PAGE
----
I use both, I’d say about 20% of my sounds are designed with synthesisers, and the other 80% is sampled from pieces of audio I find or create. However, within that 80% of sampled audio, at least 50% of those samples initially came from a recording or synthesised sound that I made. The other 50% come from samples that I find and then manipulate to the point where the source really doesn’t matter anymore.

What’s your stance on presets – love em, hate em or secretly use them?

I think they’re fine to use providing you use them creatively, and I think it’s important to understand how they work, rather than just using them blatantly, because you don’t know any better. In this tutorial I use all presets to create something new. I think something like this is fine, it’s using the presets in a creative, new way to create something completely different & unique than the original author probably intended these patches to be used for. I also don’t think it’s wrong to start a patch from a preset (even though I very rarely do that) if the preset is kind of close to how you want it anyway, and then tweaking and processing it a bit to tailor it to your needs. In essence – There’s no point in re-inventing the wheel because, at the end of the day the goal is to have fun and jot down the music that you have in your head into a form of media that is shareable with others. Having said that, I rarely use them because, none of them are really ever anything close to what I want, and I generally use pretty simple sounds, but lots of them edited into concession in interesting ways. I don’t even save my patches 90% of the time. I guess if you want your music to sound like presets, then you should use presets 🙂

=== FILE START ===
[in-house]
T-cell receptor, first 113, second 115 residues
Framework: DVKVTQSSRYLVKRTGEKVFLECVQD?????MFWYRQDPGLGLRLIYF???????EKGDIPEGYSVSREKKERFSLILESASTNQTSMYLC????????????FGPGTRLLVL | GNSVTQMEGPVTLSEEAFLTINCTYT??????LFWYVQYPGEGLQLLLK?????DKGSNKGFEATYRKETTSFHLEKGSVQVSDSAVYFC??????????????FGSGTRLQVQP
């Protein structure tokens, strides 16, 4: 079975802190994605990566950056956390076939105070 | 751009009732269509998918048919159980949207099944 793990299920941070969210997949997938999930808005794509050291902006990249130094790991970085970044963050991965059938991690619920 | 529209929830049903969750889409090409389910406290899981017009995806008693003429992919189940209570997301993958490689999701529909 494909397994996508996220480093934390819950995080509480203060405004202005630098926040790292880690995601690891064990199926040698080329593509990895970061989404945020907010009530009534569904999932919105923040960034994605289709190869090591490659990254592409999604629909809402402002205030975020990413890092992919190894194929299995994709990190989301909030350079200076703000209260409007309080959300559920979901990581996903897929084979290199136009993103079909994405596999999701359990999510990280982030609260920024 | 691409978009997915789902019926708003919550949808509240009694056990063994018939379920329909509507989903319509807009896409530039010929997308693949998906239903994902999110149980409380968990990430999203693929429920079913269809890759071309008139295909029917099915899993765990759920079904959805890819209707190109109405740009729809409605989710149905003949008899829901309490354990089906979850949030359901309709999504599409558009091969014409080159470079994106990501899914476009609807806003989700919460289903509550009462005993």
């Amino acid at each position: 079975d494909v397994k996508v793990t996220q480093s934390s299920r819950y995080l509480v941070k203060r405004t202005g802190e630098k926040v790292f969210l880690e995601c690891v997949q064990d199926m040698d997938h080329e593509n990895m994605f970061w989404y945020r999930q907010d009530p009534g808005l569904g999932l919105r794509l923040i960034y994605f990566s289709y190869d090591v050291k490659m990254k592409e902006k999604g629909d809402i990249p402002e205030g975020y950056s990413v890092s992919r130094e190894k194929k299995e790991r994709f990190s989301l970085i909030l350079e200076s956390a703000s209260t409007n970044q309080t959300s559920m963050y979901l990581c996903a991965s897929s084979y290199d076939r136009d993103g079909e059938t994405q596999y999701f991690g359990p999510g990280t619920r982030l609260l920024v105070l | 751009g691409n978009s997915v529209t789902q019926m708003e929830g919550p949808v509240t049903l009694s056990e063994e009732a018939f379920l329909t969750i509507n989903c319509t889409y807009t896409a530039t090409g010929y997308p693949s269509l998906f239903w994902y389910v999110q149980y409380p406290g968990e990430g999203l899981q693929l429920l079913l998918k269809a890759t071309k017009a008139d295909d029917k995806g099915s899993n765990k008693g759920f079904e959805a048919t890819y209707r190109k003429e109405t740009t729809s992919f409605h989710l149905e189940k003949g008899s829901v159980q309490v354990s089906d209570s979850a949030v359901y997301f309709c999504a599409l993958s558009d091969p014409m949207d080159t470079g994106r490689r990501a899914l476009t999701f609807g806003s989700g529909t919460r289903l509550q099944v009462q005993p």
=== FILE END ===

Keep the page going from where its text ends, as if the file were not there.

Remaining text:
What’s your main source of inspiration and how do you stay inspired?

My main source of inspiration would probably be when I hear new music, and I think “Oh, I think they’ve done this to create that kind of feel or sound, and I think that’s really interesting”, and then I try to work out how they did it, and end up taking 100 different paths and getting myself into new territories that seem to inspire me. Playing instruments and recording new sounds inspires me a lot as well.

What are the key factors for you when getting a song to completion?

Well, from start to finish, the way it usually happens for me, is:

Step 1: Design a bunch of interesting sounds.

Step 2: Arrange those sounds into some sort of idea that makes sense to me musically (ie. rhythmically and melodically).

Step 3: Mix & edit that idea to a point where it sounds great to me. I think this is really important, I seem to write my best stuff when it sounds great from the beginning, because this will shape how every other sound is designed around these ones from here on in.

Step 4: Simplify the idea into an intro, and express the idea further into a new section.